Gulf states

Bahrain activist charged over insulting tweets

Bahraini human rights activist Nabeel Rajab was charged on Oct. 9 with insulting the ministries of defense and interior over his tweets that alleged Bahrain's security institutions were the first incubators for extremist ideology. Without naming Rajab, the public prosecution statement ordered his referral in remand before the Third Lower Criminal Court on charges of tort and libel in public against official institutions. A court date is set for Oct. 19. The charge carries a possible prison sentence of up to three years. Rajab, who is head of the Bahrain Center for Human Rights, previously served two years in prison for leading anti-government ptotests, and was released in May.

First US air-strikes on ISIS targets in Syria

The US carried out its first air-strikes against ISIS targets in Syria on Sept. 22. In a statement, Pentagon press secretary Rear Adm. John Kirby said the US used "a mix of fighter, bomber and Tomahawk Land Attack Missiles" launched from the USS George HW Bush in the Persian Gulf. Kirby said that because these strikes are ongoing, he could not give details about where they took place. But an unnamed Pentagon official told NPR the strikes targeted positions near Raqqa, the ISIS de facto capital. Planes from five Arab countries participated in the strikes—also not named by Kirby, although FoxNews identified them as Saudi Arabia, the United Arab Emirates, Jordan, Bahrain and Qatar. There was no indication that the Syrian government had been consulted on the strikes, as Damascus had demanded.

Rights experts to Bahrain: release political activist

Independent UN rights experts on Sept. 5 called on the government of Bahrain to release human rights activist Maryam al-Khawaja due to the absence of evidence against her. Al-Khawaja was arrested in August upon her return to Bahrain and was charged with insulting the king and assaulting police officers. According to a post on al-Khawaja's twitter account, she has not been permitted to see a lawyer since her arrest. The rights experts expressed concern at the rash of apparent political imprisonment of individuals expressing their freedom of opinion, particularly human rights activists.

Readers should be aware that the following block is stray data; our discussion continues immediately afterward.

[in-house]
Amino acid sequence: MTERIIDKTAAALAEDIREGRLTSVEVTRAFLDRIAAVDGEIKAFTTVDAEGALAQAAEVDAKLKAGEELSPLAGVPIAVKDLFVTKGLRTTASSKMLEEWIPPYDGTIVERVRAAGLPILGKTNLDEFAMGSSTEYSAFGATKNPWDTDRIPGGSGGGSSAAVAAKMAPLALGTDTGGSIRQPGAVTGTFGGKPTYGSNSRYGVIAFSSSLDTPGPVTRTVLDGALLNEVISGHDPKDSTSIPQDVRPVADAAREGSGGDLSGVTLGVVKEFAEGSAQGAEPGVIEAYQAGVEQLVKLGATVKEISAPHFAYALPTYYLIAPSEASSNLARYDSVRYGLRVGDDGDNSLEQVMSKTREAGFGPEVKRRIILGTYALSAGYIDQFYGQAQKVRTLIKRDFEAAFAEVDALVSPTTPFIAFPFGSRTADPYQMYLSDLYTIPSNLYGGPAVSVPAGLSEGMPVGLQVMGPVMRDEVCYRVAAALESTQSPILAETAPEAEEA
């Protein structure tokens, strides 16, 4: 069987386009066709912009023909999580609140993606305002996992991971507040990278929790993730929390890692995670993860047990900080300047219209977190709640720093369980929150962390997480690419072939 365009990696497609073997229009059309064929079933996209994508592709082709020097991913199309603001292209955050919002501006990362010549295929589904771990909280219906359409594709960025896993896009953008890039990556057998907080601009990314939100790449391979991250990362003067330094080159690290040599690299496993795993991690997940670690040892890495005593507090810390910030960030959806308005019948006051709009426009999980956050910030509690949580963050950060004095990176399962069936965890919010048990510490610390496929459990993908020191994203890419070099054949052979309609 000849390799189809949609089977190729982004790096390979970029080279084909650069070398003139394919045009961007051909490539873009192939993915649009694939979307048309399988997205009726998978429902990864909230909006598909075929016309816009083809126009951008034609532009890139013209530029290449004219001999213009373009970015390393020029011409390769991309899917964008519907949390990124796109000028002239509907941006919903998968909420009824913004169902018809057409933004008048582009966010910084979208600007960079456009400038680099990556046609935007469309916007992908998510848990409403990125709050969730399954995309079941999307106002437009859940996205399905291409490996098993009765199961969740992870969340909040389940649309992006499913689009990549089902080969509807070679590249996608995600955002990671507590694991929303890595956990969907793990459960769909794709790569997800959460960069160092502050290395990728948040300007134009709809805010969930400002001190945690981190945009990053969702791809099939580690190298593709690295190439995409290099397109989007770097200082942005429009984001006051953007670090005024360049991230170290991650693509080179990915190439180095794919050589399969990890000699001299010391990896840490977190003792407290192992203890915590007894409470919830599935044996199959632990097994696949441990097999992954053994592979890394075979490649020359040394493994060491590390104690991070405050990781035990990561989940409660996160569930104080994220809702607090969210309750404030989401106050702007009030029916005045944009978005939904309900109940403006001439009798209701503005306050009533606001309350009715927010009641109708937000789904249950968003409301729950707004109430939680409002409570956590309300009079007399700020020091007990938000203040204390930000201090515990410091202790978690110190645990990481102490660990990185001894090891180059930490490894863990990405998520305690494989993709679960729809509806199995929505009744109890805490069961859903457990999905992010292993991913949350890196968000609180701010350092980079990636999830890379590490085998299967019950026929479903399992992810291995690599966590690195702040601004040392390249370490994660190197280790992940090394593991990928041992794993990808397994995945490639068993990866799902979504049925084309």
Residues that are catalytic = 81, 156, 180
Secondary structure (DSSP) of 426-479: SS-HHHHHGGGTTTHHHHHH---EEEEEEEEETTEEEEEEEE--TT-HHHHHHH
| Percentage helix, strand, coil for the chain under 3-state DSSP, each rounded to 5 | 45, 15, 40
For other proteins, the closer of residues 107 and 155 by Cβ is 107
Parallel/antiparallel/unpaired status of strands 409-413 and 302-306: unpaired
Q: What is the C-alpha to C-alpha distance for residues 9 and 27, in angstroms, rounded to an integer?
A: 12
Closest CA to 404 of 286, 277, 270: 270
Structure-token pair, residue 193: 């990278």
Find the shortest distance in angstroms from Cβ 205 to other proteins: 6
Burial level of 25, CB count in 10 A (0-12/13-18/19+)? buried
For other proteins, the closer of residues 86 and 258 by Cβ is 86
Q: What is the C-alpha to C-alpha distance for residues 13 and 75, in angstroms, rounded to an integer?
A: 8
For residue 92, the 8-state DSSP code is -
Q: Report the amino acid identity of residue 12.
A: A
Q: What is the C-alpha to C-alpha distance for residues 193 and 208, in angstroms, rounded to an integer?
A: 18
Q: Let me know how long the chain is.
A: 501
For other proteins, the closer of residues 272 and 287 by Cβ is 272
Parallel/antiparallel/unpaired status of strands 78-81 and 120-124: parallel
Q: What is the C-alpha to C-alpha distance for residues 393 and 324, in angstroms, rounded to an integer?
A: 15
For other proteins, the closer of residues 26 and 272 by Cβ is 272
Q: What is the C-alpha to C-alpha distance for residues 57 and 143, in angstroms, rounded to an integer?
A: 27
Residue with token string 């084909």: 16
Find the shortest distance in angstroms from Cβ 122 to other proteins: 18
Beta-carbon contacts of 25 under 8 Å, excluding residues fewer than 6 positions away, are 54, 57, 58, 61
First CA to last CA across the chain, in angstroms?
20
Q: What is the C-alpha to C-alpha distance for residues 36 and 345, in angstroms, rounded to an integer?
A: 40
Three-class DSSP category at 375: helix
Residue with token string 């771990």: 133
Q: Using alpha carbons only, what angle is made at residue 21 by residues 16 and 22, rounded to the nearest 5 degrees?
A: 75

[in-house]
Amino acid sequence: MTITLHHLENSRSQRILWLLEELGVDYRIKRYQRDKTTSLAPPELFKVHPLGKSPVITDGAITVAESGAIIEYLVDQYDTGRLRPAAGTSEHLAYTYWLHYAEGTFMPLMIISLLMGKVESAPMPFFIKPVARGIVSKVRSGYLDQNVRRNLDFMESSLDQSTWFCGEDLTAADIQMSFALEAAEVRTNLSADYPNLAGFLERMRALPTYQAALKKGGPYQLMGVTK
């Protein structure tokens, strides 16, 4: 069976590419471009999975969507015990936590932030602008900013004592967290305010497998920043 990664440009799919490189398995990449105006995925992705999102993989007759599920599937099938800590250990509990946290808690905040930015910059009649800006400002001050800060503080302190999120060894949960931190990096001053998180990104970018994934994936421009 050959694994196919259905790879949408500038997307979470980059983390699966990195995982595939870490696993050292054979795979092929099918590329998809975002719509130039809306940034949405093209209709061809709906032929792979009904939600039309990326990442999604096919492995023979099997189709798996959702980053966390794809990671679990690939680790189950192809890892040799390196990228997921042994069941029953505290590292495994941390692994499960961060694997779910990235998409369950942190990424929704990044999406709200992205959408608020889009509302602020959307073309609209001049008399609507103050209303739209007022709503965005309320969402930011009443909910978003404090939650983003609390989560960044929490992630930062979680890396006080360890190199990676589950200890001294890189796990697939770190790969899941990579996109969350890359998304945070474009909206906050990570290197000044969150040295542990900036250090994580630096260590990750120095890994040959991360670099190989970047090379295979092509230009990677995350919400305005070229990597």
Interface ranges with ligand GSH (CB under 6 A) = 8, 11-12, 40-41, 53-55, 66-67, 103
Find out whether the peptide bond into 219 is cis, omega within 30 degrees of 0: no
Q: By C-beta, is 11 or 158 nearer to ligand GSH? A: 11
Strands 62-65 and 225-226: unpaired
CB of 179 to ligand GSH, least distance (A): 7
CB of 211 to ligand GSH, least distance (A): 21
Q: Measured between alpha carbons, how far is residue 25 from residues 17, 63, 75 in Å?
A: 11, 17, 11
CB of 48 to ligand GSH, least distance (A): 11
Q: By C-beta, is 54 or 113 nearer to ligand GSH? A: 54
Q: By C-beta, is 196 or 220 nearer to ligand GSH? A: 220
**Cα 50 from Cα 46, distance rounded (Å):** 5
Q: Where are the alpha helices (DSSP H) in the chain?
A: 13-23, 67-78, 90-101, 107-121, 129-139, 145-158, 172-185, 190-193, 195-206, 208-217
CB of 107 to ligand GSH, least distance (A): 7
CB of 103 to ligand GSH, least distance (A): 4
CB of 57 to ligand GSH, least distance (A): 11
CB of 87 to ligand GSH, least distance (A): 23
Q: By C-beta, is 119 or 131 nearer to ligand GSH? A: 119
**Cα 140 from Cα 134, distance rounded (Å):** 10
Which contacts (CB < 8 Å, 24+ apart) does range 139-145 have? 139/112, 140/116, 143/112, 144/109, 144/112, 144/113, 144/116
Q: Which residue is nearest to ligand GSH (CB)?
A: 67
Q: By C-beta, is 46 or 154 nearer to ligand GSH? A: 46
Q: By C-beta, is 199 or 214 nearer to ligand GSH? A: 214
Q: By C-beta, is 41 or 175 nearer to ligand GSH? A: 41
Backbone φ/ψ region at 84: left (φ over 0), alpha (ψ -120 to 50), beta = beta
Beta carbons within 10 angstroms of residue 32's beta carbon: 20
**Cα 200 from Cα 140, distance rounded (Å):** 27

Arab intervention force against ISIS?

Egypt's former foreign minister, Mohammed al-Orabi, said Aug. 9 that President Abdel Fattah al-Sisi will coordinate with Arab countries to send military forces to confront ISIS. Orabi called for an "Arab Alliance" prepared "to repel any aggression or mobilization undertaken by ISIL against Gulf countries." He said "Sisi will intervene quickly to counter any aggression against those countries. Sisi will intervene immediately to protect them." ( The Pentagon meanwhile announced a new round of air-strikes, this time closer to Mount Sinjar, where the Yazidis remain beseiged. Read a statement by US Central Command: "US fighters and remotely piloted aircraft struck one of two ISIL armored personnel carriers firing on Yazidi civilians near Sinjar, destroying the APC." Kurdish Peshmerga forces with US air support opened a road to Mount Sinjar, allowing some 5,000 Yazidis to flee into Syrian territory. (Al Jazeera, AP via Lebanon Daily Star, AP via FoxNews) ISIS-held Mosul is reported to be partially without electricity or water. Foreign oil company personnel are flying out of Erbil, the Kurdish capital, where residents are arming themselves in anticipation of an ISIS assault. (Tehran Times) President Obama said that air-strikes will continue for as long as necessary. "I'm not going to give a particular timetable," he said shortly before leaving for a summer vacation at Martha's Vineyard. "We are going to maintain vigilance." (USA Today)